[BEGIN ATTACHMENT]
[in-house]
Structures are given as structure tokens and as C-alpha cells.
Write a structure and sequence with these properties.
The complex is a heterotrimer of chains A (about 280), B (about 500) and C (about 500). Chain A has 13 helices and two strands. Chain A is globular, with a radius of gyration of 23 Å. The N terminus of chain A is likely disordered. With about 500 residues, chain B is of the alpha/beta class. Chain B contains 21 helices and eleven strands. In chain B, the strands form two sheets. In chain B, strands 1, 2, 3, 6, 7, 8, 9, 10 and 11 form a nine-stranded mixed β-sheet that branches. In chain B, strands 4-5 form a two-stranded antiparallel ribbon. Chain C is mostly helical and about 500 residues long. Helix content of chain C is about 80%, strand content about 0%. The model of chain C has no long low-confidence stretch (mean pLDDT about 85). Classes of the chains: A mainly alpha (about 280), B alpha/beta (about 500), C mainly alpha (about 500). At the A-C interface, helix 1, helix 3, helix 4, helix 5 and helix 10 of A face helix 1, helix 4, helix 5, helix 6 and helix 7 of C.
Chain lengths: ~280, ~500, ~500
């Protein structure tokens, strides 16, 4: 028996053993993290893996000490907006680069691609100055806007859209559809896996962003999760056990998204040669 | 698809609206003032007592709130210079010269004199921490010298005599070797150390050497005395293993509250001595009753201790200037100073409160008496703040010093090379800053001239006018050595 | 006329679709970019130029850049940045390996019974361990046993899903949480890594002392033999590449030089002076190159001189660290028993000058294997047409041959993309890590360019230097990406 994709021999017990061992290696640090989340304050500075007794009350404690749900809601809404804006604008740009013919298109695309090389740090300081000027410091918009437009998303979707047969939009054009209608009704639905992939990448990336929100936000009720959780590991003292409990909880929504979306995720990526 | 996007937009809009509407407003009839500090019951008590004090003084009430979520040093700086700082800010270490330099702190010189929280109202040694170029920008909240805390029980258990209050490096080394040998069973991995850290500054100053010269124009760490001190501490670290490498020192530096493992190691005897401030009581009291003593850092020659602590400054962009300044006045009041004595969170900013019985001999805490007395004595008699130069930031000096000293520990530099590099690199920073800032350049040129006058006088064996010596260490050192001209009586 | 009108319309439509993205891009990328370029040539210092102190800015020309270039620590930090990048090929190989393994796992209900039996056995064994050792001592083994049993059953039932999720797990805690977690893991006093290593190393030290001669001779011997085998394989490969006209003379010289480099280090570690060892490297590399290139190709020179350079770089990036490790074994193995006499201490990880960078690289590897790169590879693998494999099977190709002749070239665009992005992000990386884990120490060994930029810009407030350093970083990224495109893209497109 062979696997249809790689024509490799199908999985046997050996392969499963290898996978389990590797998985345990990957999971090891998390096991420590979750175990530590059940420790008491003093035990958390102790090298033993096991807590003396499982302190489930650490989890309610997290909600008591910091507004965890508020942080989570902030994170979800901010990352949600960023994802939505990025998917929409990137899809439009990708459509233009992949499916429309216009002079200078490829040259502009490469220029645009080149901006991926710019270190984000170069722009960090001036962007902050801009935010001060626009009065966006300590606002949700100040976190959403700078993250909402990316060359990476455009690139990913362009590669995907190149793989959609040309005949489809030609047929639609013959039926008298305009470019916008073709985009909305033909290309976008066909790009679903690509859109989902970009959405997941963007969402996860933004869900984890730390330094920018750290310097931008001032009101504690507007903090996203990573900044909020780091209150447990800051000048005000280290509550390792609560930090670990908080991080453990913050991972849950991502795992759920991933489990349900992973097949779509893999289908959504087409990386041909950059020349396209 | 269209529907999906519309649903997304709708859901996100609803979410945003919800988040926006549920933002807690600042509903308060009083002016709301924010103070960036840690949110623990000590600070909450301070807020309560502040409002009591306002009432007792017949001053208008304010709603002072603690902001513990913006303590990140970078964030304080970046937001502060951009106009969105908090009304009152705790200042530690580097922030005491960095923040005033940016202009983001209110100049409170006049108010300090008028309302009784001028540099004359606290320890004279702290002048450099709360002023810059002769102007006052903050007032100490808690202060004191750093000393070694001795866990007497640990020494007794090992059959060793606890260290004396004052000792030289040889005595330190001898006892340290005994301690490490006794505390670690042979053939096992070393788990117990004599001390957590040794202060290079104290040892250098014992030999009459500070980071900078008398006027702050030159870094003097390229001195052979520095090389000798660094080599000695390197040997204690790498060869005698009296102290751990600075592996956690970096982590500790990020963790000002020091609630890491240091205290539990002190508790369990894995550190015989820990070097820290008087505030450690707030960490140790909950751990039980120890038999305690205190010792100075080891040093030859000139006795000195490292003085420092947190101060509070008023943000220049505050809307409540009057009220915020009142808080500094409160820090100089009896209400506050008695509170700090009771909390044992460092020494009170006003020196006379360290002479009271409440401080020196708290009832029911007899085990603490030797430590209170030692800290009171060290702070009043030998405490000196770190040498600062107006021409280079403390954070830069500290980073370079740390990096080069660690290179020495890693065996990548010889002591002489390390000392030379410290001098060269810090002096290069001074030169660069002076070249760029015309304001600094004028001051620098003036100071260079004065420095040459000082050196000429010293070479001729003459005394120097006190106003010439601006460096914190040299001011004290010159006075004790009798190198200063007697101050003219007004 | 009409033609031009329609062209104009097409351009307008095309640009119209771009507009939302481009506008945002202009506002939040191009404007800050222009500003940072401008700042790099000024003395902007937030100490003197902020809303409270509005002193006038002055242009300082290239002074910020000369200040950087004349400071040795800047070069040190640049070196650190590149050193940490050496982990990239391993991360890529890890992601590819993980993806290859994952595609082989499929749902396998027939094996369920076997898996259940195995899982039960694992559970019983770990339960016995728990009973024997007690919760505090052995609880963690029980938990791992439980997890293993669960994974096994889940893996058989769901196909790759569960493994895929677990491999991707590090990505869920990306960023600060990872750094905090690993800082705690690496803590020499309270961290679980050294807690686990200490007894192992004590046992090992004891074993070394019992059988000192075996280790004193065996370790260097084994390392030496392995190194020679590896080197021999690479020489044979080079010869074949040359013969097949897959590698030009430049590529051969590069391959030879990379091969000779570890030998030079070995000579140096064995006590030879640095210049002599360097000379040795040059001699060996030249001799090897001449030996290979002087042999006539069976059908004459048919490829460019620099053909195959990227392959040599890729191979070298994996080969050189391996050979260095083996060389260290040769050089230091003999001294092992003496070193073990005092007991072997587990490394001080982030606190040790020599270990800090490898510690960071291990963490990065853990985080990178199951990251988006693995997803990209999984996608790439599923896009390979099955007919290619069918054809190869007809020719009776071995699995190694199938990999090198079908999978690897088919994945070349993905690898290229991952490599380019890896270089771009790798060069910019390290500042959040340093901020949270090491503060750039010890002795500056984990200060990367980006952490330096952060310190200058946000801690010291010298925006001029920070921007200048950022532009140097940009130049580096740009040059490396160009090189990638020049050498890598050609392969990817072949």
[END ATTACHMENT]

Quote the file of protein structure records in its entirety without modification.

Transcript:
[in-house]
Structures are given as structure tokens and as C-alpha cells.
Write a structure and sequence with these properties.
The complex is a heterotrimer of chains A (about 280), B (about 500) and C (about 500). Chain A has 13 helices and two strands. Chain A is globular, with a radius of gyration of 23 Å. The N terminus of chain A is likely disordered. With about 500 residues, chain B is of the alpha/beta class. Chain B contains 21 helices and eleven strands. In chain B, the strands form two sheets. In chain B, strands 1, 2, 3, 6, 7, 8, 9, 10 and 11 form a nine-stranded mixed β-sheet that branches. In chain B, strands 4-5 form a two-stranded antiparallel ribbon. Chain C is mostly helical and about 500 residues long. Helix content of chain C is about 80%, strand content about 0%. The model of chain C has no long low-confidence stretch (mean pLDDT about 85). Classes of the chains: A mainly alpha (about 280), B alpha/beta (about 500), C mainly alpha (about 500). At the A-C interface, helix 1, helix 3, helix 4, helix 5 and helix 10 of A face helix 1, helix 4, helix 5, helix 6 and helix 7 of C.
Chain lengths: ~280, ~500, ~500
């Protein structure tokens, strides 16, 4: 028996053993993290893996000490907006680069691609100055806007859209559809896996962003999760056990998204040669 | 698809609206003032007592709130210079010269004199921490010298005599070797150390050497005395293993509250001595009753201790200037100073409160008496703040010093090379800053001239006018050595 | 006329679709970019130029850049940045390996019974361990046993899903949480890594002392033999590449030089002076190159001189660290028993000058294997047409041959993309890590360019230097990406 994709021999017990061992290696640090989340304050500075007794009350404690749900809601809404804006604008740009013919298109695309090389740090300081000027410091918009437009998303979707047969939009054009209608009704639905992939990448990336929100936000009720959780590991003292409990909880929504979306995720990526 | 996007937009809009509407407003009839500090019951008590004090003084009430979520040093700086700082800010270490330099702190010189929280109202040694170029920008909240805390029980258990209050490096080394040998069973991995850290500054100053010269124009760490001190501490670290490498020192530096493992190691005897401030009581009291003593850092020659602590400054962009300044006045009041004595969170900013019985001999805490007395004595008699130069930031000096000293520990530099590099690199920073800032350049040129006058006088064996010596260490050192001209009586 | 009108319309439509993205891009990328370029040539210092102190800015020309270039620590930090990048090929190989393994796992209900039996056995064994050792001592083994049993059953039932999720797990805690977690893991006093290593190393030290001669001779011997085998394989490969006209003379010289480099280090570690060892490297590399290139190709020179350079770089990036490790074994193995006499201490990880960078690289590897790169590879693998494999099977190709002749070239665009992005992000990386884990120490060994930029810009407030350093970083990224495109893209497109 062979696997249809790689024509490799199908999985046997050996392969499963290898996978389990590797998985345990990957999971090891998390096991420590979750175990530590059940420790008491003093035990958390102790090298033993096991807590003396499982302190489930650490989890309610997290909600008591910091507004965890508020942080989570902030994170979800901010990352949600960023994802939505990025998917929409990137899809439009990708459509233009992949499916429309216009002079200078490829040259502009490469220029645009080149901006991926710019270190984000170069722009960090001036962007902050801009935010001060626009009065966006300590606002949700100040976190959403700078993250909402990316060359990476455009690139990913362009590669995907190149793989959609040309005949489809030609047929639609013959039926008298305009470019916008073709985009909305033909290309976008066909790009679903690509859109989902970009959405997941963007969402996860933004869900984890730390330094920018750290310097931008001032009101504690507007903090996203990573900044909020780091209150447990800051000048005000280290509550390792609560930090670990908080991080453990913050991972849950991502795992759920991933489990349900992973097949779509893999289908959504087409990386041909950059020349396209 | 269209529907999906519309649903997304709708859901996100609803979410945003919800988040926006549920933002807690600042509903308060009083002016709301924010103070960036840690949110623990000590600070909450301070807020309560502040409002009591306002009432007792017949001053208008304010709603002072603690902001513990913006303590990140970078964030304080970046937001502060951009106009969105908090009304009152705790200042530690580097922030005491960095923040005033940016202009983001209110100049409170006049108010300090008028309302009784001028540099004359606290320890004279702290002048450099709360002023810059002769102007006052903050007032100490808690202060004191750093000393070694001795866990007497640990020494007794090992059959060793606890260290004396004052000792030289040889005595330190001898006892340290005994301690490490006794505390670690042979053939096992070393788990117990004599001390957590040794202060290079104290040892250098014992030999009459500070980071900078008398006027702050030159870094003097390229001195052979520095090389000798660094080599000695390197040997204690790498060869005698009296102290751990600075592996956690970096982590500790990020963790000002020091609630890491240091205290539990002190508790369990894995550190015989820990070097820290008087505030450690707030960490140790909950751990039980120890038999305690205190010792100075080891040093030859000139006795000195490292003085420092947190101060509070008023943000220049505050809307409540009057009220915020009142808080500094409160820090100089009896209400506050008695509170700090009771909390044992460092020494009170006003020196006379360290002479009271409440401080020196708290009832029911007899085990603490030797430590209170030692800290009171060290702070009043030998405490000196770190040498600062107006021409280079403390954070830069500290980073370079740390990096080069660690290179020495890693065996990548010889002591002489390390000392030379410290001098060269810090002096290069001074030169660069002076070249760029015309304001600094004028001051620098003036100071260079004065420095040459000082050196000429010293070479001729003459005394120097006190106003010439601006460096914190040299001011004290010159006075004790009798190198200063007697101050003219007004 | 009409033609031009329609062209104009097409351009307008095309640009119209771009507009939302481009506008945002202009506002939040191009404007800050222009500003940072401008700042790099000024003395902007937030100490003197902020809303409270509005002193006038002055242009300082290239002074910020000369200040950087004349400071040795800047070069040190640049070196650190590149050193940490050496982990990239391993991360890529890890992601590819993980993806290859994952595609082989499929749902396998027939094996369920076997898996259940195995899982039960694992559970019983770990339960016995728990009973024997007690919760505090052995609880963690029980938990791992439980997890293993669960994974096994889940893996058989769901196909790759569960493994895929677990491999991707590090990505869920990306960023600060990872750094905090690993800082705690690496803590020499309270961290679980050294807690686990200490007894192992004590046992090992004891074993070394019992059988000192075996280790004193065996370790260097084994390392030496392995190194020679590896080197021999690479020489044979080079010869074949040359013969097949897959590698030009430049590529051969590069391959030879990379091969000779570890030998030079070995000579140096064995006590030879640095210049002599360097000379040795040059001699060996030249001799090897001449030996290979002087042999006539069976059908004459048919490829460019620099053909195959990227392959040599890729191979070298994996080969050189391996050979260095083996060389260290040769050089230091003999001294092992003496070193073990005092007991072997587990490394001080982030606190040790020599270990800090490898510690960071291990963490990065853990985080990178199951990251988006693995997803990209999984996608790439599923896009390979099955007919290619069918054809190869007809020719009776071995699995190694199938990999090198079908999978690897088919994945070349993905690898290229991952490599380019890896270089771009790798060069910019390290500042959040340093901020949270090491503060750039010890002795500056984990200060990367980006952490330096952060310190200058946000801690010291010298925006001029920070921007200048950022532009140097940009130049580096740009040059490396160009090189990638020049050498890598050609392969990817072949």